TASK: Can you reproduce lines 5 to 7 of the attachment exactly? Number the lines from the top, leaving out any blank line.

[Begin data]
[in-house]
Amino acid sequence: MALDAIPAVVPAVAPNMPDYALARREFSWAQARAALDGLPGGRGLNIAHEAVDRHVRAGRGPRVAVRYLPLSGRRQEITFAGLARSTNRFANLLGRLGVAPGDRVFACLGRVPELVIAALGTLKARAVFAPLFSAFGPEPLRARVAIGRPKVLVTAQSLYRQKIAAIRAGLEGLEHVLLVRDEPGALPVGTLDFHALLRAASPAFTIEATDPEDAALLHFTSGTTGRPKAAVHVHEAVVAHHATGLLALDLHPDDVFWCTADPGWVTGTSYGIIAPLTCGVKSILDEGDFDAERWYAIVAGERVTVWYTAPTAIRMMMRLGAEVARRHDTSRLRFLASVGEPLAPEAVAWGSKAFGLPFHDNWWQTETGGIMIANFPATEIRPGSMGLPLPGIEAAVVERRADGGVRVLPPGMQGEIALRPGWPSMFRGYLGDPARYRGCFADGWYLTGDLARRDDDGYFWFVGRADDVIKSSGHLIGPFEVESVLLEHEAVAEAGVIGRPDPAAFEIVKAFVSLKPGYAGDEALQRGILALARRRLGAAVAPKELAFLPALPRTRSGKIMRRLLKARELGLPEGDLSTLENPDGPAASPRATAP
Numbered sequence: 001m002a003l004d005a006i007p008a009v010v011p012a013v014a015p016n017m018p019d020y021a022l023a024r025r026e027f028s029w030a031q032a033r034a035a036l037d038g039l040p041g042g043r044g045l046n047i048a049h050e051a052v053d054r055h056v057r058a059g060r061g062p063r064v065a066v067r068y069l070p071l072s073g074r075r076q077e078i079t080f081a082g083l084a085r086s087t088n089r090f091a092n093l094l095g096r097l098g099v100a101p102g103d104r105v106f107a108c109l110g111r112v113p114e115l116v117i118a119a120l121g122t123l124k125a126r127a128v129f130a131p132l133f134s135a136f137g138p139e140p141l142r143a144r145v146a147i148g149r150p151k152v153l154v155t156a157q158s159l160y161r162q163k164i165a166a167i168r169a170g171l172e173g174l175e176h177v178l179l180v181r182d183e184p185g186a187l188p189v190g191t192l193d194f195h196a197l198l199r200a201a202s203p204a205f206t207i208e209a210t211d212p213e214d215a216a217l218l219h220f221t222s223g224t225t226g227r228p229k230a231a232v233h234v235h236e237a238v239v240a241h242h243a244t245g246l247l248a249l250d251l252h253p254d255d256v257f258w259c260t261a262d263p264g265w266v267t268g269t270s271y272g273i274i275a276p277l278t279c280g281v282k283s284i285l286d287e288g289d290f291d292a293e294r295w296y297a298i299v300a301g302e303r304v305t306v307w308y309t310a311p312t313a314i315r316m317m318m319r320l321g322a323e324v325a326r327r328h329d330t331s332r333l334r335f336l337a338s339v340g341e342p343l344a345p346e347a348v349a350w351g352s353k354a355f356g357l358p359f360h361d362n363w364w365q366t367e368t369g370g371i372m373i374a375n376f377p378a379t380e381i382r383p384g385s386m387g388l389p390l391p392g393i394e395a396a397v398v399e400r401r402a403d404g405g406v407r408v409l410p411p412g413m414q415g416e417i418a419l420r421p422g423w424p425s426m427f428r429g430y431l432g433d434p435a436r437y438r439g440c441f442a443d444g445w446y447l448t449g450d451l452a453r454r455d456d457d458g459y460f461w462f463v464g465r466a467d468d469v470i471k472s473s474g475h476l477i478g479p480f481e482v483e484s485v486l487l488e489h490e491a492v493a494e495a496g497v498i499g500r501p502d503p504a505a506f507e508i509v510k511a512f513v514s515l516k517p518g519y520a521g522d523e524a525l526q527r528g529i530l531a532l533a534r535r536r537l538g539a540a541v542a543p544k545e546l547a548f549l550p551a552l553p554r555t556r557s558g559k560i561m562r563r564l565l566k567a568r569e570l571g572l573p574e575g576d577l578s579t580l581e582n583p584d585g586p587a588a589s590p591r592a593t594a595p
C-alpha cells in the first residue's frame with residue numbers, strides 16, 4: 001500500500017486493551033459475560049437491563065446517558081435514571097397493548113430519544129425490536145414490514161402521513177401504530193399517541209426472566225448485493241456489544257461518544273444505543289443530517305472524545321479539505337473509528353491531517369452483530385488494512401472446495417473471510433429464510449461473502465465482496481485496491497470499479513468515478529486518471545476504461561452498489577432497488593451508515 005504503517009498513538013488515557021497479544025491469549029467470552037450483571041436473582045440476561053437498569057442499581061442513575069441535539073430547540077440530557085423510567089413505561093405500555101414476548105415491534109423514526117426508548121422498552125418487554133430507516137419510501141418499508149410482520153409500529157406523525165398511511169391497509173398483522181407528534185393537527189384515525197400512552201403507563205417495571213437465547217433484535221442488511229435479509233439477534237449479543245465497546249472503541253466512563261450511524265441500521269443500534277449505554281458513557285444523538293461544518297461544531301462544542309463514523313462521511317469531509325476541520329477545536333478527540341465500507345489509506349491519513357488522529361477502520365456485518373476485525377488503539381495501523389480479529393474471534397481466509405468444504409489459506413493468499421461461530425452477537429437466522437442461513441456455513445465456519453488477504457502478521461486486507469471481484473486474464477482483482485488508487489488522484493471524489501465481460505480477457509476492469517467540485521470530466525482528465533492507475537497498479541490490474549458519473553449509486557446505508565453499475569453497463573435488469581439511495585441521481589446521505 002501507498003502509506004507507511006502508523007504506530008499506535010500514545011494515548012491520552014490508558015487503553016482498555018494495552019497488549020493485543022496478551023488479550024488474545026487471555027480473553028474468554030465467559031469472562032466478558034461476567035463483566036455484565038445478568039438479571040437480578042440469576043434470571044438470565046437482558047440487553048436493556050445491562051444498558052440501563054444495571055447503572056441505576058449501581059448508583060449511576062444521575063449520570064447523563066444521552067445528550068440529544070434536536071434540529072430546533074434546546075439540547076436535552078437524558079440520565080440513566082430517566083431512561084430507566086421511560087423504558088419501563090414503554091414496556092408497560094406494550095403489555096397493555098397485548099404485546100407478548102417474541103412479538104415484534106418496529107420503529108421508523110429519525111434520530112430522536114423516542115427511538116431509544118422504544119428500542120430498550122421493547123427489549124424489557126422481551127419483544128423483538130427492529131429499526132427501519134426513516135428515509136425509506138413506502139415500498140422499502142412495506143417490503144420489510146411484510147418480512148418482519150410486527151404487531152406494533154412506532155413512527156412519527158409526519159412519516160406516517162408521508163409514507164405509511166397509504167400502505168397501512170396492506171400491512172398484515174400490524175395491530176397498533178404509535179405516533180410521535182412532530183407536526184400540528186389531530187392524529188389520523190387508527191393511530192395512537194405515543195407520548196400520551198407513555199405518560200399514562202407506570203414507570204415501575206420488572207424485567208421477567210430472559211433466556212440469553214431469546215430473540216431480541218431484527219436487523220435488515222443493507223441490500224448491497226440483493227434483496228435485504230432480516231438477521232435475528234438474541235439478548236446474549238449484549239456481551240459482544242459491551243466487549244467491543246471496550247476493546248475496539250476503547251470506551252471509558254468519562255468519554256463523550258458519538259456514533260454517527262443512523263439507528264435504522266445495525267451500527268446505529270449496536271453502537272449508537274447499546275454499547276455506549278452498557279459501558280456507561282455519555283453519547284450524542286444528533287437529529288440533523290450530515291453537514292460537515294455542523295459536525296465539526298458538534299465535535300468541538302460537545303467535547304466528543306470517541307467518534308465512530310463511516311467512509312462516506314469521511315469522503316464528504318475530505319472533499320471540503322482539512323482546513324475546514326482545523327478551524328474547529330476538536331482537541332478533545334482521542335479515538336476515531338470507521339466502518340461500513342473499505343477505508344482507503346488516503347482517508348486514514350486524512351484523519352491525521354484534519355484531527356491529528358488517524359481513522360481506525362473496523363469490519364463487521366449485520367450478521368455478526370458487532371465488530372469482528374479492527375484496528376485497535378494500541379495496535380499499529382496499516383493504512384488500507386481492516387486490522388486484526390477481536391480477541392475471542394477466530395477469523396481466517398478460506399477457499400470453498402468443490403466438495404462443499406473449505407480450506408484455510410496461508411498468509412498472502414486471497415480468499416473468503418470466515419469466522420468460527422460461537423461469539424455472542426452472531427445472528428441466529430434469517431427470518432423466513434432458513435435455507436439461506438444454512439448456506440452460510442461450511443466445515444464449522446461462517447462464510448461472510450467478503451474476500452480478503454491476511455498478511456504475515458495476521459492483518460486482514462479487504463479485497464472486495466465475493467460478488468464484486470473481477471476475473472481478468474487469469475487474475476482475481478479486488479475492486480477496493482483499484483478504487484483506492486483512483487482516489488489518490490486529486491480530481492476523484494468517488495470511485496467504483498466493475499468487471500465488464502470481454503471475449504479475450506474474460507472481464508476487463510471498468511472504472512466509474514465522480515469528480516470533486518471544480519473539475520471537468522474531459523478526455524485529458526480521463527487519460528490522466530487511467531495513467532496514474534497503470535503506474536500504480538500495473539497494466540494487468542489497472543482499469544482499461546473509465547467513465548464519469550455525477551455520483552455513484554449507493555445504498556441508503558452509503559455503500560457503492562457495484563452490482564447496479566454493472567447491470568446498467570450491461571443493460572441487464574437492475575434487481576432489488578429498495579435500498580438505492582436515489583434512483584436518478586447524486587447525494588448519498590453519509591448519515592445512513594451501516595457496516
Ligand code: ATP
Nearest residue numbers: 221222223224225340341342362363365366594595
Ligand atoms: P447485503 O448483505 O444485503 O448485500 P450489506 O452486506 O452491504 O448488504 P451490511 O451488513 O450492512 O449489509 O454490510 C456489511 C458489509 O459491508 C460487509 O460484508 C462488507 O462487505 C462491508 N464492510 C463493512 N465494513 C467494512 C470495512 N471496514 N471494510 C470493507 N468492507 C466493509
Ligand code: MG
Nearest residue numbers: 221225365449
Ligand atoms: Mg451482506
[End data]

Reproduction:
Ligand code: ATP
Nearest residue numbers: 221222223224225340341342362363365366594595
Ligand atoms: P447485503 O448483505 O444485503 O448485500 P450489506 O452486506 O452491504 O448488504 P451490511 O451488513 O450492512 O449489509 O454490510 C456489511 C458489509 O459491508 C460487509 O460484508 C462488507 O462487505 C462491508 N464492510 C463493512 N465494513 C467494512 C470495512 N471496514 N471494510 C470493507 N468492507 C466493509